Remove Features Not Compatible with the Relational Model.

Check That Model Supports User Transactions.

9. Logical Database Design — Step 2.

Create and Check Tables for Each Local Logical Data Model.

Create Tables for Local Logical Data Model.

Check Table Structures Using Normalization.

Check Tables Support User Transactions.

Define Integrity Constraints.

Review Local Logical Data Model with Users.

10. Logical Database Design — Step 3.

The Business View of Stayhome.

Users' Requirements Specification.

Local Logical Data Model.

Build and Check Global Logical Data Model.

Merge Local Logical Data Models into Global Model.

Check Global Logical Data Model.

Check for Future Growth.

Review Global Logical Data Model with Users.

11. Advanced Modeling Techniques.

Specialization/Generalization.

Superclasses and Subclasses.

Superclass/Subclass Relationships.

Attribute Inheritance.

Specialization Process.

Generalization Process.

Constraints on Superclass/Subclass Relationships.

Creating Tables To Represent Specialization/Generalization.

IV. PHYSICAL DATABASE DESIGN.

12. Physical Database Design — Step 4.

Comparison of Logical and Physical Database Design.

Overview of the Physical Database Design Methodology.

Translate Global Logical Data Model for Target DBMS.

Design Base Tables for Target DBMS.

Design Business Rules for Target DBMS.

13. Physical Database Design — Step 5.

Understanding System Resources.

Design Physical Representation.

Analyze Transactions.

Choose File Organizations.

Choose Indexes.

File Organizations and Indexes for Stayhome with Microsoft Access 97.

Guidelines for Choosing Indexes.

Indexes for Stayhome.

14. Physical Database Design — Step 6.

Consider the Introduction of Controlled Redundancy.

Consider Derived Data.

Consider Duplicating Columns or Joining Tables Together.

15. Physical Database Design — Step 7.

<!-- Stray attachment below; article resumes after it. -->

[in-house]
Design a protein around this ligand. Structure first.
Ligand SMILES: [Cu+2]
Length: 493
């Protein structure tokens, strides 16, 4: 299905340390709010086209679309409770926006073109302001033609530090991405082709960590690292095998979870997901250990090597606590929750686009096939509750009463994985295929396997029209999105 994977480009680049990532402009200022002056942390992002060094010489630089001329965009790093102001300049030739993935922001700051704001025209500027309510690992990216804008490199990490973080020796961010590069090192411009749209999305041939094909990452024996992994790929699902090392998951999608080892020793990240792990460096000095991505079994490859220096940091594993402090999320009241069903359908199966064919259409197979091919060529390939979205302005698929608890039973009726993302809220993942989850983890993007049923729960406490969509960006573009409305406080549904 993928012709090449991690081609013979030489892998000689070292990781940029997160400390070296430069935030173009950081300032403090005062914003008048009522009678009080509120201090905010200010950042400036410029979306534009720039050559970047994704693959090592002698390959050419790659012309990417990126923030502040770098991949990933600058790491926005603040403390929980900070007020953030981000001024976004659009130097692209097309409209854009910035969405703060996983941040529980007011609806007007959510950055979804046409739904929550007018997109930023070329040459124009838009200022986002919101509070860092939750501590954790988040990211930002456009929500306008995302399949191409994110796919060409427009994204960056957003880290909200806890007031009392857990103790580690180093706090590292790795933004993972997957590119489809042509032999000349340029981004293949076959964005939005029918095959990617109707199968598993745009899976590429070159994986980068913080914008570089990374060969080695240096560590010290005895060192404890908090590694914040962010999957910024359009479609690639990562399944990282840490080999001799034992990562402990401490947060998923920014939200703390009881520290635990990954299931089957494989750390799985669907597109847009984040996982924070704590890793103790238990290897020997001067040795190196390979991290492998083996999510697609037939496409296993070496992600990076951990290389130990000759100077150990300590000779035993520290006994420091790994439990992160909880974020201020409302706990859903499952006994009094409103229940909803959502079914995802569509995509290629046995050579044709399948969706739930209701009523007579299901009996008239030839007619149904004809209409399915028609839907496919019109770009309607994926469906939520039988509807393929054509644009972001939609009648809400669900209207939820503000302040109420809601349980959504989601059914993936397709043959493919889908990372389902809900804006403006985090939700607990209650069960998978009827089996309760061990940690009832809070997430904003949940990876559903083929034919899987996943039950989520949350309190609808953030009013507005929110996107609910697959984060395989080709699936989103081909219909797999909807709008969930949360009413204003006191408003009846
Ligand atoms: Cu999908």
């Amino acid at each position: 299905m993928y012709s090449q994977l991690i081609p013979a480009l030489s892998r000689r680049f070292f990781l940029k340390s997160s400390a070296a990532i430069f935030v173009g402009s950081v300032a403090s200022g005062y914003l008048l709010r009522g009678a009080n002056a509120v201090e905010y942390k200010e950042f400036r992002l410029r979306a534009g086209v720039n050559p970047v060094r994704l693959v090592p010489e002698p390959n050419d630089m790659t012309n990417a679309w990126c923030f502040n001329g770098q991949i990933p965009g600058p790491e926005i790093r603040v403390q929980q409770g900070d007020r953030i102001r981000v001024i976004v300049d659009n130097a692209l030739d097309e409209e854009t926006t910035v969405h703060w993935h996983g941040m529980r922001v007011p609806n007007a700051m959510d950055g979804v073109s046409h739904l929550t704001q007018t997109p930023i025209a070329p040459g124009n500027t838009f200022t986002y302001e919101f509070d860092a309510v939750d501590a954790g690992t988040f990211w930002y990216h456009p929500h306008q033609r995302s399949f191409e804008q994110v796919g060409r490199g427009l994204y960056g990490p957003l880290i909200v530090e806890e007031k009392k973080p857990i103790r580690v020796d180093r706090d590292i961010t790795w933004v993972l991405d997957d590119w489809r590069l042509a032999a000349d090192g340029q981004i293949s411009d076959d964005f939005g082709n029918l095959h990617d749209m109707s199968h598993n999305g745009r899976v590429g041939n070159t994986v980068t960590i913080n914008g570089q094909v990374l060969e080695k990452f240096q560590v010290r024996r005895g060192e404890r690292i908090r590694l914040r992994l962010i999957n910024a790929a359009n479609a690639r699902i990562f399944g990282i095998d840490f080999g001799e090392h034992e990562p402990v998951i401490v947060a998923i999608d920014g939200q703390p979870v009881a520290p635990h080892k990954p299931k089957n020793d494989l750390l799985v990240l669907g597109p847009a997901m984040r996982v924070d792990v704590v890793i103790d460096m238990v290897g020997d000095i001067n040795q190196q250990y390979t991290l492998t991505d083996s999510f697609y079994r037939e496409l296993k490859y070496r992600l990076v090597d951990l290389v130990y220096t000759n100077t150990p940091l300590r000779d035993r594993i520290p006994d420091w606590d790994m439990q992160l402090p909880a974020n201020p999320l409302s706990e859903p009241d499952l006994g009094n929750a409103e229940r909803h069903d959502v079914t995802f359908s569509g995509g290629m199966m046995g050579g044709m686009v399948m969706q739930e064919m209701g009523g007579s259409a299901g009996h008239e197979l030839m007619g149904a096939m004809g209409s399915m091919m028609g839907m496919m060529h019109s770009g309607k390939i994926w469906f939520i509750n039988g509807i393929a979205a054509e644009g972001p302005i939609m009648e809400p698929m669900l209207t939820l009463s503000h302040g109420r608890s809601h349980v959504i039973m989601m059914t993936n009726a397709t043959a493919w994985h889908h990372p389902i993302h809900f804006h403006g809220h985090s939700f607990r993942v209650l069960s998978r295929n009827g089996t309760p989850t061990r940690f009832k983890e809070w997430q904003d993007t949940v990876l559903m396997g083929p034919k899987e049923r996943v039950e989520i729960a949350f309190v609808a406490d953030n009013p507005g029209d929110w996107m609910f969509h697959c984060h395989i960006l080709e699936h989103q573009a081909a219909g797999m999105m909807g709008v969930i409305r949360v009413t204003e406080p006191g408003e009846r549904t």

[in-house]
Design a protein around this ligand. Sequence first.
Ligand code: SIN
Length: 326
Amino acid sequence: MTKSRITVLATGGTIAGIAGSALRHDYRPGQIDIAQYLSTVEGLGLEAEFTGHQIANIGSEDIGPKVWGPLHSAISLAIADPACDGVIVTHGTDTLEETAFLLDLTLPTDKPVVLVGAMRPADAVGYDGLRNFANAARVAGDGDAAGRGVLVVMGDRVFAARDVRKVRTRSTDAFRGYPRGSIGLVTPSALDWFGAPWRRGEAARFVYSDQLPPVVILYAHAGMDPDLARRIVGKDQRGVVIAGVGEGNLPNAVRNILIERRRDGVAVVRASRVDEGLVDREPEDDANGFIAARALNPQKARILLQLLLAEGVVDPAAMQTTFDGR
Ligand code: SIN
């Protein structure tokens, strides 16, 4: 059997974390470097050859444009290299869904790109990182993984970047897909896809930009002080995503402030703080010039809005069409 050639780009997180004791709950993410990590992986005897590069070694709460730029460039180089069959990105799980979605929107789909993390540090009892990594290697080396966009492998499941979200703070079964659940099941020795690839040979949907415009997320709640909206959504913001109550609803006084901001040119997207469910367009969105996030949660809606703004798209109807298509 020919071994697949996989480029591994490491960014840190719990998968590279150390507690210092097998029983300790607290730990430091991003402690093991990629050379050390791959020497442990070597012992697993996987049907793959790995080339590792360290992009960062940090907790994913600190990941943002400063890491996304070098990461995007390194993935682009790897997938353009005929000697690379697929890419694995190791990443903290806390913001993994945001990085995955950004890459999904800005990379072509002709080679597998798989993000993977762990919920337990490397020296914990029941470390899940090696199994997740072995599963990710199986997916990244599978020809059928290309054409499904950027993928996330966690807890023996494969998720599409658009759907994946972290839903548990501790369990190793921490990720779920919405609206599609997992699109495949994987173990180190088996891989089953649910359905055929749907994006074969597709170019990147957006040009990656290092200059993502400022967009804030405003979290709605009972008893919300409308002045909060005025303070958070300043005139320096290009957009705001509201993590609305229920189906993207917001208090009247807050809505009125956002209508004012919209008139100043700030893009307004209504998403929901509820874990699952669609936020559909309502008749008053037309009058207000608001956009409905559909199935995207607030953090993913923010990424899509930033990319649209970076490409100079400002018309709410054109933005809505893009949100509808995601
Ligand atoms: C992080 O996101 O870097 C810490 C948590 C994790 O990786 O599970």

Design Security Mechanisms.

Design User Views.

Design Access Rules.

16. Physical Database Design — Step 8.

Monitor and Tune the Operational System.

17. Sample Stayhome Queries Using SQL and QBE.

Introduction To Microsoft SQL and QBE.

SQL.

QBE (Query-by-Example).

Sample Queries for Stayhome.

V. SECOND WORKED EXAMPLE.

18. Perfect Pets — Logical Database Design.

Perfect Pets.

Data Requirements.

Transaction Requirements.

Using the Logical Database Design Methodology.

19. Perfect Pets — Physical Database Design.

Using the Physical Database Design Methodology.

What Next?

APPENDICES.

Appendix A: Alternative Data Modeling Notations.

ER Modeling Using the Chen Notation.

ER Modeling Using the Crow's Feet Notation.

Appendix B: Summary of the Database Design Methodology.
Appendix C: File Organizations and Indexes.

Basic Concepts.

Heap Files.

Ordered Files.

Hash Files.

Indexes.

Types of Indexes.

Secondary Indexes.

Multilevel Indexes.

B+-Trees.

Appendix D: Common Data Models.

Customer Order Entry.

Inventory Control.

Asset Management.

Project Management.

Course Management.

Human Resource Management.

Payroll Management.

Vehicle Rentals.

Student Accommodation.

Client Transportation.

Publisher Printing.

County Library.

Real Estate Rentals.

Travel Agent.

Student Results.

Glossary.
References.
Index. 0201674769T04062001

Preface

Preface

Background

The database is now the underlying framework of the information system and has fundamentally changed the way many companies and individuals work. The developments in this technology over the past few years have produced database systems that are more powerful and more intuitive to use, and users are creating databases and applications without the necessary knowledge to produce an effective and efficient system. Looking at the literature, we found many excellent books that examine a part of the database development life-cycle. However, we found very few that covered analysis, design, and implementation and described the development process in a simple-to-understand way that could be used by both technical and non-technical readers.

Our original concept therefore was to provide a book primarily for the business community that explained as clearly as possible how to analyze, design, and implement a database. This would cover both simple databases consisting of a few tables and large databases containing tens to hundreds of tables. During the initial reviews that we carried out, it became clear that the book would also be useful for the academic community and provide a very simple and clear presentation of a database design methodology that would complement a more extensive recommended textbook, such as our own book Database Systems.

The methodology we present in this book for relational Database Management Systems (DBMSs) — the predominant system for business applications at present — has been tried and tested over the years in both industrial and academic environments. The methodology is divided into two phases:

a logical database design phase, in which we develop a model of what we’re trying to represent while ignoring implementation details;

a physical database design phase, in which we decide how we’re going to realize the implementation in the target DBMS, such as Access, Paradox, Oracle, Informix, or SQL Server.